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H5N1 Bird Flu Spreads to Tomsk Region In Russia
August 3, 2005
Onishchenko, who also heads Rospotrebnadzor, the federal service for the Protection of Consumer Rights and Human Welfare, chaired a conference with veterinary authorities from the Tomsk, Omsk, Novosibirsk, and Tyumen regions and the Altai territory.
"It's in these districts that confirmed or unconfirmed deaths of poultry were reported," Onishchenko said, adding that he had invited his colleague from Kazakhstan to take part in the conference, after reports of bird flu cases in that country.
"We'll be discussing our further preventive measures. Local laboratories will be supplied with necessary equipment shortly, to be able to run tests on their own, without having to send samples for analysis to Moscow," he added.
The above comments add the Tomsk region to the list of regions or territories in Russia with confirmed or unconfirmed deaths of poultry. Tomsk is north of Novosibirsk and the first region listed that does not border Kazakhstan. It is north of Chany Lake, which is ringed with towns and villages reporting outbreaks. In the past, H5 has been detected in birds at Chany Lake. However, the prior H5 isolates were closely related to H5 from Europe, while the latest bird flu outbreaks were caused by H5s from Asia.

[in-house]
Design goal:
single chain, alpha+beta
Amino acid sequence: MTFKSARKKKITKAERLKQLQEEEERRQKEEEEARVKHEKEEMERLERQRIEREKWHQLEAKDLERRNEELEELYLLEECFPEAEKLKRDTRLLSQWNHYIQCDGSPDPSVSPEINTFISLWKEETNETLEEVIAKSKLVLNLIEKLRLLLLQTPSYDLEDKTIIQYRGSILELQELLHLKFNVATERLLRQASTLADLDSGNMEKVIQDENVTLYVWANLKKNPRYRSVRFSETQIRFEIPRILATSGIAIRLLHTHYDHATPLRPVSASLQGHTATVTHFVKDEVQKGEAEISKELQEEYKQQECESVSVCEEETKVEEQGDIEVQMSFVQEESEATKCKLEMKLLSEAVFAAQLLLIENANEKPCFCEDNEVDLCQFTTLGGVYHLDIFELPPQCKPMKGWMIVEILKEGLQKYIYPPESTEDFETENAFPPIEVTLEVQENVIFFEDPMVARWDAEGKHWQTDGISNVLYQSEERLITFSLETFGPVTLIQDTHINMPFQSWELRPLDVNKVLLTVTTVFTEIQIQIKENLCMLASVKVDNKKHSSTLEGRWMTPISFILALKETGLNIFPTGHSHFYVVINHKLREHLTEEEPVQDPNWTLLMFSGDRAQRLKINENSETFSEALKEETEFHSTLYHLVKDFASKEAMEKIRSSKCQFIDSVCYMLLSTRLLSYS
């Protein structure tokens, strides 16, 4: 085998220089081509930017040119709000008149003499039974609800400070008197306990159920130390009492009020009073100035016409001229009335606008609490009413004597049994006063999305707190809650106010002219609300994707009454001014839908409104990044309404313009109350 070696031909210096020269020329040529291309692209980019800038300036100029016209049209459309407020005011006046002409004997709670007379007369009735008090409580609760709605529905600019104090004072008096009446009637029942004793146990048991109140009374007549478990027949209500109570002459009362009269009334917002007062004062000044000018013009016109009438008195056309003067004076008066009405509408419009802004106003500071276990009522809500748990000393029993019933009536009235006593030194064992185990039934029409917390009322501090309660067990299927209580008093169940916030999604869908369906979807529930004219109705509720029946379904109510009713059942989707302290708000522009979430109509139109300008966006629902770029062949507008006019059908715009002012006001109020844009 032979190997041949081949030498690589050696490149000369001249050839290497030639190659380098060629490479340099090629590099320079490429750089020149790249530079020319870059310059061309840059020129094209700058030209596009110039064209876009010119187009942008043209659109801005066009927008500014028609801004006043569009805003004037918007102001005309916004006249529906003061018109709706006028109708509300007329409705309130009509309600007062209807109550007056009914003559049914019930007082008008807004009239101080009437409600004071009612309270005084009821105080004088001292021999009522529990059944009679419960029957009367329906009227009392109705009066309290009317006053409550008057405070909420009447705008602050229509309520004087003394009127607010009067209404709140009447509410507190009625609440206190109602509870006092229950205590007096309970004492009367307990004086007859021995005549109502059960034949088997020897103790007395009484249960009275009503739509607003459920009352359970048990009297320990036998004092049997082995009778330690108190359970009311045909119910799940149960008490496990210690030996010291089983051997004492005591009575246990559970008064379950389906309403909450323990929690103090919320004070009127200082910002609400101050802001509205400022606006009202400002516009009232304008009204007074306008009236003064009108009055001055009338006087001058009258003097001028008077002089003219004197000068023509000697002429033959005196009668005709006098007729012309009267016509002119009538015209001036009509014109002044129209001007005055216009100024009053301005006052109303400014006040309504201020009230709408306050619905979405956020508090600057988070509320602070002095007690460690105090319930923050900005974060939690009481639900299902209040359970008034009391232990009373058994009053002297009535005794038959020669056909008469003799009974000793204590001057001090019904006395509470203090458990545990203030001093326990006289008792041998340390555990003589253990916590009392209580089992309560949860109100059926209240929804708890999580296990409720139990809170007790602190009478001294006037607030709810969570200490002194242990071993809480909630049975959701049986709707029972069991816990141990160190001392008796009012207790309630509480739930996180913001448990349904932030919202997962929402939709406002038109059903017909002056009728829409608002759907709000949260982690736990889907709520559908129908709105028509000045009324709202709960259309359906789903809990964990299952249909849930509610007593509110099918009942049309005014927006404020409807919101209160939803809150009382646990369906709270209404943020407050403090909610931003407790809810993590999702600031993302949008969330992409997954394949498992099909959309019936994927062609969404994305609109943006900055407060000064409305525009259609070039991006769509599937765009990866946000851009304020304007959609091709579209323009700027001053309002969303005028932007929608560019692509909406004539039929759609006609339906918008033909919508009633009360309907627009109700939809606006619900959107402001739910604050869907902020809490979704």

In addition to the five regions listed above, Russian media reports have cired addition bird die offs in Altaskiv Kray, which lies between Altai and Novosibirsk. There are also reports of dying birds in Kurgan, which is west of Tyumen. This there are six contiguous regions along Russia's southern border (shared with Kazakhstan), that have reported outbreaks. The addition of Tomsk creates a wider path from China to Europe along Russia's southern border.
In Kazahkstan, only deaths in Pavlador's Irtysh District have been reported in the media and OIE. However, it seems likely that there are deaths in all of Kazakhstan's northern regions, which would include East Kazakhstan, North Kazahkstan, Qostany, and possibly Aqmola, which is just south of North Kazakhstan.
The poultry outbreaks define a wide path that is expanding west and has reached the Ural Mountains, indicating H5N1 will soon be in European Russia.
In Europe, the migratory paths turn south in the fall, and lead to the Caspian and Black Sea areas.